Pedro Sánchez's change of direction
Rumours had been circulating in the Spanish capital for a long time about the government crisis that Pedro Sánchez was preparing, but no one could have suspected that it would have the scope it has finally had. Up to seven new ministers (five women and two men) will form part of an executive from which heavyweights of Sanchezism fall, such as the former vice president Carmen Cavo or José Luis Ábalos, who also leaves the post of secretary of organisation of the PSOE after having been the right hand of Sanchez since he regained the general secretariat of the party. The reshuffle also affects the team closest to the president, since it dispenses with his main adviser, Iván Redondo, who held the position of head of cabinet, in a news received with satisfaction in the PSOE, which had always distrusted the excessive power that he had accumulated.
Sanchez, therefore, undertakes a change of direction in the middle of the legislature with a clear message: a new government with renewed forces, with people who come from the PSOE, mainly from mayorships in medium-sized cities, who belong to the same generation as the president (born in the 70s) and with whom he intends to exhaust the legislature. And what will be the goal of these next two years? Well, basically the economic recovery after the pandemic, and for this reason the new first vice-president will be the head of Economy, Nadia Calviño, the name that comes out stronger from the crisis. Calviño, well considered in Brussels, will be the one to pilot, along with the presidency team led by Félix Bolaños, the distribution of European funds.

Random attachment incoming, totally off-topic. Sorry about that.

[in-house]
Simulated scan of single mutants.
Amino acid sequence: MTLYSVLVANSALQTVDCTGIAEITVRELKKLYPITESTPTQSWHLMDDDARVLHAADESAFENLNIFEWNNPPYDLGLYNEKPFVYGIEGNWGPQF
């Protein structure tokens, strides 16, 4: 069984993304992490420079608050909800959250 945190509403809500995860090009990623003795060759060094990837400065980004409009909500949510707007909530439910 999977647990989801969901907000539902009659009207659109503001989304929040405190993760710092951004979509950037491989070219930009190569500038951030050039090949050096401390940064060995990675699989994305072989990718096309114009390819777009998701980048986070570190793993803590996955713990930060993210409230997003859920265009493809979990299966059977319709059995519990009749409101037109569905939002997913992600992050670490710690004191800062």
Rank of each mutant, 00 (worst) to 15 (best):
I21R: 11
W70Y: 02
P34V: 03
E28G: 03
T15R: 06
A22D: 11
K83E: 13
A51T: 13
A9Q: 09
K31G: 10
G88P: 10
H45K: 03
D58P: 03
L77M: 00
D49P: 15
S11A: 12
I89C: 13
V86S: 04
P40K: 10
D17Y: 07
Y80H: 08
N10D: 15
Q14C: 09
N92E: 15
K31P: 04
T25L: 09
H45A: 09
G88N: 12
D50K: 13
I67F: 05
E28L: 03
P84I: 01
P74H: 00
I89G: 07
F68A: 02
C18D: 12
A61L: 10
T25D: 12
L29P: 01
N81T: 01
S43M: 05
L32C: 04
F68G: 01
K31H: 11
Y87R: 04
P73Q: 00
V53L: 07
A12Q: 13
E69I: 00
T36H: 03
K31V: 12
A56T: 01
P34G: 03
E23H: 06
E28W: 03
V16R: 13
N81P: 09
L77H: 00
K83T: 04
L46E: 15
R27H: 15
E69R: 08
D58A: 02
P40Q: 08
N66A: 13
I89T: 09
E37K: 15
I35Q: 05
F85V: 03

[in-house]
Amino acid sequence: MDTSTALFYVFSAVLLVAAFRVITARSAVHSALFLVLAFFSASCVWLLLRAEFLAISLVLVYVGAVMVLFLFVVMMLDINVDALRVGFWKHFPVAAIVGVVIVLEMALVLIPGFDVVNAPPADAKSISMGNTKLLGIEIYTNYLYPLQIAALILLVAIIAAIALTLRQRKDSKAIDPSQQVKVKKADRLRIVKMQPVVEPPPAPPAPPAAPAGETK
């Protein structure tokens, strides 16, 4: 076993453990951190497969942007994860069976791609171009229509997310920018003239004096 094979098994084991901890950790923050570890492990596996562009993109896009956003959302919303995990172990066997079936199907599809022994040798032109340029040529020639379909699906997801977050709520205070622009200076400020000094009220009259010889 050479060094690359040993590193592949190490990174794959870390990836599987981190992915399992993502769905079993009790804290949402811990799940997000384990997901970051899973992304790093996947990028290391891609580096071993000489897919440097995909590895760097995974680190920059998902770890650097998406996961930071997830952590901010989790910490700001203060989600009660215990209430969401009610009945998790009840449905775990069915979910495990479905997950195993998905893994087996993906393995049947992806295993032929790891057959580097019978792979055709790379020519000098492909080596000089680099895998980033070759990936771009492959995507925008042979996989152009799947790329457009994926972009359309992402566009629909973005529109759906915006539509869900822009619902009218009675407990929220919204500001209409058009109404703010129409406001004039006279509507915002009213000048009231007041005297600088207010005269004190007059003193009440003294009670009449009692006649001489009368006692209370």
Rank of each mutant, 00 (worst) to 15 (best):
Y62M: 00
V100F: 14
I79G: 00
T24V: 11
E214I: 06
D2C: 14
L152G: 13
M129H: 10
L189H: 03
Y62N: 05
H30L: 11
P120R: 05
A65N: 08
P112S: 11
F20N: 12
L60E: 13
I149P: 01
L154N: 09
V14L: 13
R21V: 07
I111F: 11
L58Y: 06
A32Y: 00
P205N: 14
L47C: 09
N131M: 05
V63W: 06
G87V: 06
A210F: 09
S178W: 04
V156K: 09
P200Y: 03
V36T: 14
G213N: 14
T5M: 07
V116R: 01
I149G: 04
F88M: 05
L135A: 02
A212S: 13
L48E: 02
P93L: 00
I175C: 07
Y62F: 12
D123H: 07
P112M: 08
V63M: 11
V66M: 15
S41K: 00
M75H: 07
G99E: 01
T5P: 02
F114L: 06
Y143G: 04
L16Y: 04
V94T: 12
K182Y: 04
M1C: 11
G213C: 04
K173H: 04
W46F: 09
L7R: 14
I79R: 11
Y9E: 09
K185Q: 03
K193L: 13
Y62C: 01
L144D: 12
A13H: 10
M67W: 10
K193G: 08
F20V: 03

On the Catalan front, Miquel Iceta's change of ministry comes as a surprise, as barely six months after landing in Territorial Policy he will take charge of the Ministry of Culture and Sport. Sanchez did not want to reward one of the mainstays of Sanchez's party in the territory, quite the contrary, although Iceta will continue to play an important role in the Catalan portfolio. Another of the surprises of the government change is the signing of the mayor of Gavá, Raquel Sanchez, to occupy the Transport portfolio. The PSC, then, gains one more representative in the council of ministers and with a department that is especially sensitive for Catalonia, such as infrastructures. Not since Josep Borrell under the last Felipe González has a Catalan occupied this ministry, one of the most well endowed economically, and one that takes key decisions for economic development and territorial cohesion.
But if there is one thing that will characterise this government from now on, and even more so after the departure of Pablo Iglesias, it will be presidentialism. Once Susana Díaz in Andalusia has been fulminated, Sánchez no longer has internal opposition in the party. The new government somehow exemplifies this absolute power, and this is also a way of warning the opposition that he has no intention of giving up - quite the contrary. Getting rid of what until yesterday was his hard core, Pedro Sánchez now appears, freed of mortgages, as the only person responsible for all decisions. Probably, the real Sanchezism begins now.